Finally, there is one other thing that is not too late to get right about this war - and that is the homecoming of the men and women — our veterans — who have sacrificed the most. Let us honor their valor by providing the care they need and rebuilding the military they love. Let us be the generation that begins this work.

I know there are those who don't believe we can do all these things. I understand the skepticism. After all, every four years, candidates from both parties make similar promises, and I expect this year will be no different. All of us running for president will travel around the country offering ten-point plans and making grand speeches; all of us will trumpet those qualities we believe make us uniquely qualified to lead the country. But too many times, after the election is over, and the confetti is swept away, all those promises fade from memory, and the lobbyists and the special interests move in, and people turn away, disappointed as before, left to struggle on their own.

That is why this campaign can't only be about me. It must be about us — it must be about what we can do together. This campaign must be the occasion, the vehicle, of your hopes, and your dreams. It will take your time, your energy, and your advice — to push us forward when we're doing right, and to let us know when we're not. This campaign has to be about reclaiming the meaning of citizenship, restoring our sense of common purpose, and realizing that few obstacles can withstand the power of millions of voices calling for change.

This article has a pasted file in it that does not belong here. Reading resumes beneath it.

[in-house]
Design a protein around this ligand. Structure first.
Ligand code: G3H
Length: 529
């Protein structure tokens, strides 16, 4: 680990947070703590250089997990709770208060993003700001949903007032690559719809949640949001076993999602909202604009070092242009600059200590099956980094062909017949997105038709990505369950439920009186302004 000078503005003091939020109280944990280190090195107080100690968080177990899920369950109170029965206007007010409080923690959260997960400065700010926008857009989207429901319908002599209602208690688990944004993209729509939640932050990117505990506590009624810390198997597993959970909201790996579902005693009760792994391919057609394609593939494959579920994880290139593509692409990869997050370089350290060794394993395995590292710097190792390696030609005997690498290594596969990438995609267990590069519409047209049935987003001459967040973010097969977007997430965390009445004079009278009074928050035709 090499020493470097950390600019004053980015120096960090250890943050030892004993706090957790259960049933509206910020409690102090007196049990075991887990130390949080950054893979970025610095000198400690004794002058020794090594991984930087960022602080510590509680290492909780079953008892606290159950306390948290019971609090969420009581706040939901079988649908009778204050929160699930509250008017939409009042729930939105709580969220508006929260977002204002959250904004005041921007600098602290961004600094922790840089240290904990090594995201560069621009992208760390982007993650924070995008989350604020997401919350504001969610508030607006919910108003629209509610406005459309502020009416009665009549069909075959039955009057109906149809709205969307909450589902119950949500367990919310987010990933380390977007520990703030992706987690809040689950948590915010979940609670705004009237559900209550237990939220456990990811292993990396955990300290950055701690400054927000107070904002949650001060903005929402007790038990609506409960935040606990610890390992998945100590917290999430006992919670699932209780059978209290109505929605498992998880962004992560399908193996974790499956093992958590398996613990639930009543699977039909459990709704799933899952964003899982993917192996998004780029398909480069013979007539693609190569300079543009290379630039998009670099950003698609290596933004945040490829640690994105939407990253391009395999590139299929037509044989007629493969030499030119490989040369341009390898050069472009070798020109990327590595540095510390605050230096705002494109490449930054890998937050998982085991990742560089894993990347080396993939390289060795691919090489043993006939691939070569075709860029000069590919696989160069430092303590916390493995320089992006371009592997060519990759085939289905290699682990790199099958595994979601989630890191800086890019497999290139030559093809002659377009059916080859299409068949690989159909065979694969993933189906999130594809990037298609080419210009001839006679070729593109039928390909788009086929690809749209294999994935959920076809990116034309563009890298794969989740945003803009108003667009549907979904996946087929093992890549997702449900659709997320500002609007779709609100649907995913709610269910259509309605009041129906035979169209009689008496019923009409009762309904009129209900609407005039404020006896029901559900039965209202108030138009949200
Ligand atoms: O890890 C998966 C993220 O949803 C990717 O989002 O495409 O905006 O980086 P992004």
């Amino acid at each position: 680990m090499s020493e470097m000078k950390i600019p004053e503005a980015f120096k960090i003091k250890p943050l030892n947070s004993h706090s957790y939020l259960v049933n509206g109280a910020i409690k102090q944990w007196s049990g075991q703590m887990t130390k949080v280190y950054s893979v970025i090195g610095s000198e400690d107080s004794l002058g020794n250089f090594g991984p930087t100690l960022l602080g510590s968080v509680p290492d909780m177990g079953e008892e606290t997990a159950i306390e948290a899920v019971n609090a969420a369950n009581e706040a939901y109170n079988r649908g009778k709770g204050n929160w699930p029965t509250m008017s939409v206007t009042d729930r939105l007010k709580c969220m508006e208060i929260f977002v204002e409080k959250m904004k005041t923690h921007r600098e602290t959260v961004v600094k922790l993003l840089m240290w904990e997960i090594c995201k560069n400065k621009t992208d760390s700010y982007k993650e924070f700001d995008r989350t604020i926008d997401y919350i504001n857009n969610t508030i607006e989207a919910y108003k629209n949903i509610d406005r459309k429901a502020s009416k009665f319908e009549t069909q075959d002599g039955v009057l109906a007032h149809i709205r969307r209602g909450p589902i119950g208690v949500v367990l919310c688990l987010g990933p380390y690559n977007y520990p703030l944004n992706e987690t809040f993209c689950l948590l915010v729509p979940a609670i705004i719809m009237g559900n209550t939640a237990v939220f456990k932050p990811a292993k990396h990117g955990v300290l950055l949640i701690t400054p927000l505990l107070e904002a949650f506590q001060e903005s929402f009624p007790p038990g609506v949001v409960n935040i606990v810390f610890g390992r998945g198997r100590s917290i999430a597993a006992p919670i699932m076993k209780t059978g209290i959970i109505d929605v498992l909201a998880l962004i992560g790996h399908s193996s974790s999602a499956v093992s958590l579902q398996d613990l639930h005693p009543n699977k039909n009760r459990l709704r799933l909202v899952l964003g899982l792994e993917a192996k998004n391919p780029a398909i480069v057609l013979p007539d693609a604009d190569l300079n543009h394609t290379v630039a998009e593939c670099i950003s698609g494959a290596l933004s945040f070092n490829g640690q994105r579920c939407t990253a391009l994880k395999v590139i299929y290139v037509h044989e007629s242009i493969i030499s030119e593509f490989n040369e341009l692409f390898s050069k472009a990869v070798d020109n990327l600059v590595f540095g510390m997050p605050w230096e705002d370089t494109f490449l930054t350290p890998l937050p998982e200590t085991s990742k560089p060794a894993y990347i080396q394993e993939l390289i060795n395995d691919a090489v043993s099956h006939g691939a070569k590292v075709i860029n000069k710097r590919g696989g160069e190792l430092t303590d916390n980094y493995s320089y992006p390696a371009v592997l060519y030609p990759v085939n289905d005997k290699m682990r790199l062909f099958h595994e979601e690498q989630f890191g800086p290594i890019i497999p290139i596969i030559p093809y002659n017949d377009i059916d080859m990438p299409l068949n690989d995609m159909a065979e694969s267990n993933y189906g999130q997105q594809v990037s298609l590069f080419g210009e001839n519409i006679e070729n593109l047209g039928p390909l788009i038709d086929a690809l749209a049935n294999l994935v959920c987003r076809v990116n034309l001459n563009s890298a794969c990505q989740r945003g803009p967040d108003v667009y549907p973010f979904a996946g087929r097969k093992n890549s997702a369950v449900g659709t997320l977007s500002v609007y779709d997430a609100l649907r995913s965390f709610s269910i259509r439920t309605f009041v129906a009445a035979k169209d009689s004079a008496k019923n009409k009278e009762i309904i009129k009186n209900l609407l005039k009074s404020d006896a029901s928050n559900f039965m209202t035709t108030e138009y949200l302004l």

By ourselves, this change will not happen. Divided, we are bound to fail.

But the life of a tall, gangly, self-made Springfield lawyer tells us that a different future is possible. He tells us that there is power in words. He tells us that there is power in conviction. That beneath all the differences of race and region, faith and station, we are one people. He tells us that there is power in hope. As Lincoln organized the forces arrayed against slavery, he was heard to say: "Of strange, discordant, and even hostile elements, we gathered from the four winds, and formed and fought to battle through."

That is our purpose here today. That's why I'm in this race. Not just to hold an office, but to gather with you to transform a nation.

I want to win that next battle — for justice and opportunity. I want to win that next battle — for better schools, and better jobs, and health care for all. I want us to take up the unfinished business of perfecting our union, and building a better America.

And if you will join me in this improbable quest, if you feel destiny calling, and see as I see, a future of endless possibility stretching before us; if you sense, as I sense, that the time is now to shake off our slumber, and slough off our fear, and make good on the debt we owe past and future generations, then I'm ready to take up the cause, and march with you, and work with you.

Together, starting today, let us finish the work that needs to be done, and usher in a new birth of freedom on this Earth."


Anonymous said...